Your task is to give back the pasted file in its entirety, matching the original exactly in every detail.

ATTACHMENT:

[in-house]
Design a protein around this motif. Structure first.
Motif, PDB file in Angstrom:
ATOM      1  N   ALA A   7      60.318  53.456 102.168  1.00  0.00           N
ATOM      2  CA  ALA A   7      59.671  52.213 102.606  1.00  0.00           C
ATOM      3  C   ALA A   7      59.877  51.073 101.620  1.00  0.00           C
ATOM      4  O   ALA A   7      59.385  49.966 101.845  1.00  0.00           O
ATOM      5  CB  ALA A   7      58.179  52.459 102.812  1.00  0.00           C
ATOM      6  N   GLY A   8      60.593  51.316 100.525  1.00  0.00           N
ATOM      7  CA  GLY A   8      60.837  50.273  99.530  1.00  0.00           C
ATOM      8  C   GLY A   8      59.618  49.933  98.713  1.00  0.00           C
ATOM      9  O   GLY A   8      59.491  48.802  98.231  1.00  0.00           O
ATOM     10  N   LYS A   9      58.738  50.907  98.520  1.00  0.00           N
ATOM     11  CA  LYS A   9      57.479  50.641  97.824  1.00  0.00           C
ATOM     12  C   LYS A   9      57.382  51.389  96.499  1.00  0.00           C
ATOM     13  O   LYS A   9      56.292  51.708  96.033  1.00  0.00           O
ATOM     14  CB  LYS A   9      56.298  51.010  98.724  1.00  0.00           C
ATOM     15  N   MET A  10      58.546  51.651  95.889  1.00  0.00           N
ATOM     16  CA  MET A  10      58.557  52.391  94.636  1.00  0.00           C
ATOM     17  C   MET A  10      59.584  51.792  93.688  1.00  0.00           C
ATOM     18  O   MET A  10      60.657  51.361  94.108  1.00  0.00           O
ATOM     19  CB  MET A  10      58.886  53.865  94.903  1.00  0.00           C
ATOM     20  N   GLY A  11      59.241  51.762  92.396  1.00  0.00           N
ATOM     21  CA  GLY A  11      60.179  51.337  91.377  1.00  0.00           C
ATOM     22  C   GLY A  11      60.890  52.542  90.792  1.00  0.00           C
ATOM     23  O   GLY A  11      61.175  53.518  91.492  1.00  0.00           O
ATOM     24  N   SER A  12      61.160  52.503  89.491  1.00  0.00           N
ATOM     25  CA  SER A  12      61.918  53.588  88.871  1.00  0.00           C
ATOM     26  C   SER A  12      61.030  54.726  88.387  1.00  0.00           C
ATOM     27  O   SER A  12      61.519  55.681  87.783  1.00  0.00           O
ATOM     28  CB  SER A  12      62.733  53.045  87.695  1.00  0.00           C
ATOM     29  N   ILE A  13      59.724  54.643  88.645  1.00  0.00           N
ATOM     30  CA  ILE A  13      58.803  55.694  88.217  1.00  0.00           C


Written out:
[in-house]
Design a protein around this motif. Structure first.
Motif, PDB file in Angstrom:
ATOM      1  N   ALA A   7      60.318  53.456 102.168  1.00  0.00           N
ATOM      2  CA  ALA A   7      59.671  52.213 102.606  1.00  0.00           C
ATOM      3  C   ALA A   7      59.877  51.073 101.620  1.00  0.00           C
ATOM      4  O   ALA A   7      59.385  49.966 101.845  1.00  0.00           O
ATOM      5  CB  ALA A   7      58.179  52.459 102.812  1.00  0.00           C
ATOM      6  N   GLY A   8      60.593  51.316 100.525  1.00  0.00           N
ATOM      7  CA  GLY A   8      60.837  50.273  99.530  1.00  0.00           C
ATOM      8  C   GLY A   8      59.618  49.933  98.713  1.00  0.00           C
ATOM      9  O   GLY A   8      59.491  48.802  98.231  1.00  0.00           O
ATOM     10  N   LYS A   9      58.738  50.907  98.520  1.00  0.00           N
ATOM     11  CA  LYS A   9      57.479  50.641  97.824  1.00  0.00           C
ATOM     12  C   LYS A   9      57.382  51.389  96.499  1.00  0.00           C
ATOM     13  O   LYS A   9      56.292  51.708  96.033  1.00  0.00           O
ATOM     14  CB  LYS A   9      56.298  51.010  98.724  1.00  0.00           C
ATOM     15  N   MET A  10      58.546  51.651  95.889  1.00  0.00           N
ATOM     16  CA  MET A  10      58.557  52.391  94.636  1.00  0.00           C
ATOM     17  C   MET A  10      59.584  51.792  93.688  1.00  0.00           C
ATOM     18  O   MET A  10      60.657  51.361  94.108  1.00  0.00           O
ATOM     19  CB  MET A  10      58.886  53.865  94.903  1.00  0.00           C
ATOM     20  N   GLY A  11      59.241  51.762  92.396  1.00  0.00           N
ATOM     21  CA  GLY A  11      60.179  51.337  91.377  1.00  0.00           C
ATOM     22  C   GLY A  11      60.890  52.542  90.792  1.00  0.00           C
ATOM     23  O   GLY A  11      61.175  53.518  91.492  1.00  0.00           O
ATOM     24  N   SER A  12      61.160  52.503  89.491  1.00  0.00           N
ATOM     25  CA  SER A  12      61.918  53.588  88.871  1.00  0.00           C
ATOM     26  C   SER A  12      61.030  54.726  88.387  1.00  0.00           C
ATOM     27  O   SER A  12      61.519  55.681  87.783  1.00  0.00           O
ATOM     28  CB  SER A  12      62.733  53.045  87.695  1.00  0.00           C
ATOM     29  N   ILE A  13      59.724  54.643  88.645  1.00  0.00           N
ATOM     30  CA  ILE A  13      58.803  55.694  88.217  1.00  0.00           C